How to Set Up Screen Time on Your Child's iPhone
Screen time comes with some great features that allow you to track and limit your iPhone usage. For people like me, who tend to find themselves scrolling through Instagram for longer than they intended right before bedtime, it's a lovely way to hold yourself accountable and can be a bit of a wake-up call for how often you use your iPhone. However, the goal of screen time is to help you unplug when you need to so that you can boost productivity, while still enjoying your iPhone.
However, for those of you that have children, it can be especially difficult to know what they are using their iPhones for, how long they are using them, and how much time is going to the tasks they are supposed to be doing such as chores and homework. Screen time can also be enabled on your child's iPhone so that you can help them be accountable for their time and manage what they have access to.
You can schedule downtime (time where your child cannot use their iPhone), app limits, and even restrict content based on ratings to make sure they aren't watching anything you would rather they not. Let me give you a rundown of some of the screen time features you can use to manage your child's iPhone with screen time.
Screen time features
- Weekly reports- Weekly reports of your child's iPhone usage per the apps, app types, and hours spent using them.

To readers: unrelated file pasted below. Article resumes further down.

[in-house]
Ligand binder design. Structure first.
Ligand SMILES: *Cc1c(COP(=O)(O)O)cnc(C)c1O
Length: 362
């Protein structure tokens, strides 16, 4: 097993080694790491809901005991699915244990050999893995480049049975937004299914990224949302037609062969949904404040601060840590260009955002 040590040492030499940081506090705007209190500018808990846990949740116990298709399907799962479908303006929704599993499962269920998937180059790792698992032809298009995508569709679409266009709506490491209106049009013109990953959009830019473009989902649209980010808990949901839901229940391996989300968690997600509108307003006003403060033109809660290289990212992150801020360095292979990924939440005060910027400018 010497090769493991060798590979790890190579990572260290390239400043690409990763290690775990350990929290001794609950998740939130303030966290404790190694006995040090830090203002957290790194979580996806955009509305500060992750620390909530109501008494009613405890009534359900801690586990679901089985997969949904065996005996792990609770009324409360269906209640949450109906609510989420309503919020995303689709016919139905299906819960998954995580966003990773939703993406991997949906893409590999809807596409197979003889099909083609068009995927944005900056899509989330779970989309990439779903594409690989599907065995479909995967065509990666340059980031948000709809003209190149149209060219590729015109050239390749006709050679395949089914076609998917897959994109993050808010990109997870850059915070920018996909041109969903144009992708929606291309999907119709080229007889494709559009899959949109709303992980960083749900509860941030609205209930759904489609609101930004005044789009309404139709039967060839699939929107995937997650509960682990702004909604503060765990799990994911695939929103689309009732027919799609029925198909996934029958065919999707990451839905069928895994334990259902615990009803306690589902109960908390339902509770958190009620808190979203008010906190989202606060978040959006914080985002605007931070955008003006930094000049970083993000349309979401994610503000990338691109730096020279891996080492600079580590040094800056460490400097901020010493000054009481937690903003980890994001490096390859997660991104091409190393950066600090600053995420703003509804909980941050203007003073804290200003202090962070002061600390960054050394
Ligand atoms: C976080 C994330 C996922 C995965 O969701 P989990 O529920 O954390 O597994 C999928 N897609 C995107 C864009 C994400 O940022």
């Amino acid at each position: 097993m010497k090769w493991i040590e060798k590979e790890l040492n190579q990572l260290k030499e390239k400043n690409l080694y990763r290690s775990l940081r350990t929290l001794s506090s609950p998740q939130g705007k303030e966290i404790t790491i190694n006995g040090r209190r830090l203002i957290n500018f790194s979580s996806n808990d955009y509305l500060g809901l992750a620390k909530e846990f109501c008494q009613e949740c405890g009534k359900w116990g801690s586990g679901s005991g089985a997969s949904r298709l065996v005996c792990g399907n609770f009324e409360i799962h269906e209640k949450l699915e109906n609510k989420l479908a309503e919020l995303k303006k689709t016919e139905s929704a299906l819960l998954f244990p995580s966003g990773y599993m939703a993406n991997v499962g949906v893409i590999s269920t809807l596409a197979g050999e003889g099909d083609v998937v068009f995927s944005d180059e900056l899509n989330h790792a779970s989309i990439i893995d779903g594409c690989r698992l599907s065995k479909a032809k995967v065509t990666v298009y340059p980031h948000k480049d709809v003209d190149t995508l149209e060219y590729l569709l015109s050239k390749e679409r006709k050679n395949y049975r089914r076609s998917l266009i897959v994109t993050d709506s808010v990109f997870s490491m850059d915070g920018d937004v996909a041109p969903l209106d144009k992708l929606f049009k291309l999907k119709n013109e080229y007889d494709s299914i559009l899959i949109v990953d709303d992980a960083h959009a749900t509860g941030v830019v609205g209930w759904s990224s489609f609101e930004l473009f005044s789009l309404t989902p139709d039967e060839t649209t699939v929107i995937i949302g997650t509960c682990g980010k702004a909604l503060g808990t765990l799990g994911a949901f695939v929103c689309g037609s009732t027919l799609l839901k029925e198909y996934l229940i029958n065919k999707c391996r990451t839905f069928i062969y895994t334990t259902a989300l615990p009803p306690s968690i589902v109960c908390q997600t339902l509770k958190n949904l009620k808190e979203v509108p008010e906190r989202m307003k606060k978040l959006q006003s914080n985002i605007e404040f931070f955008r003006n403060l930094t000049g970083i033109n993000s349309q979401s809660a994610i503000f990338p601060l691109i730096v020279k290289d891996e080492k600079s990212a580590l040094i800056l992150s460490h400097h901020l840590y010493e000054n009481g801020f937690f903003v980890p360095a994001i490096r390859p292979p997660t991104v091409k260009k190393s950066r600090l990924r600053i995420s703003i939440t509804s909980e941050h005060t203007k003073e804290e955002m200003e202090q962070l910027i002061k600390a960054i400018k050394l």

- Downtime- Downtime is a feature you have to manually turn on during the setup process that allows you to schedule downtime (time away from the screen) on certain days at certain times (of your choosing). This allows your child to unplug at specific times of the day. You can even set your child's iPhone to be unusable during these times, like bedtime for example.
- App limits- You can limit all apps, specific apps, or even all apps of a certain type (like gaming apps). You can set the limits you prefer for your child. If your kid loves to play mobile games, you can allow them a certain amount of time. They can then make requests when they've reached that time limit.
- Communication limits- If you notice your child spends too much time iMessaging with friends instead of getting homework done, you can limit the amount of time they are allowed to communicate via FaceTime, Messages, and the Phone app. You can even set it to only allow specific contacts, such as yourself or other family members.
- Content and privacy restrictions- There is a ton you can do with content and privacy restrictions. For example, you can decide to restrict all the content your child views or listens to, such as movies and music, to fit into a G, PG, PG-13, R, or NC-17 rating. You can also restrict the iTunes and App Store to avoid unwanted purchases. You can also restrict specific websites.
- Screen time passcode- Your screen time passcode is usually the same as your iPhone passcode by default, but when setting up screen time for your child, you will create a unique code that they don't know so that only you can make changes to screen time settings.
In this guide, I show you how to enable screen time on your child's iPhone.
Note: These steps can be completed on other iOS or iPadOS devices as well, though steps may slightly vary. Steps may also vary slightly depending on your iOS version, so make sure you are up to date before continuing.
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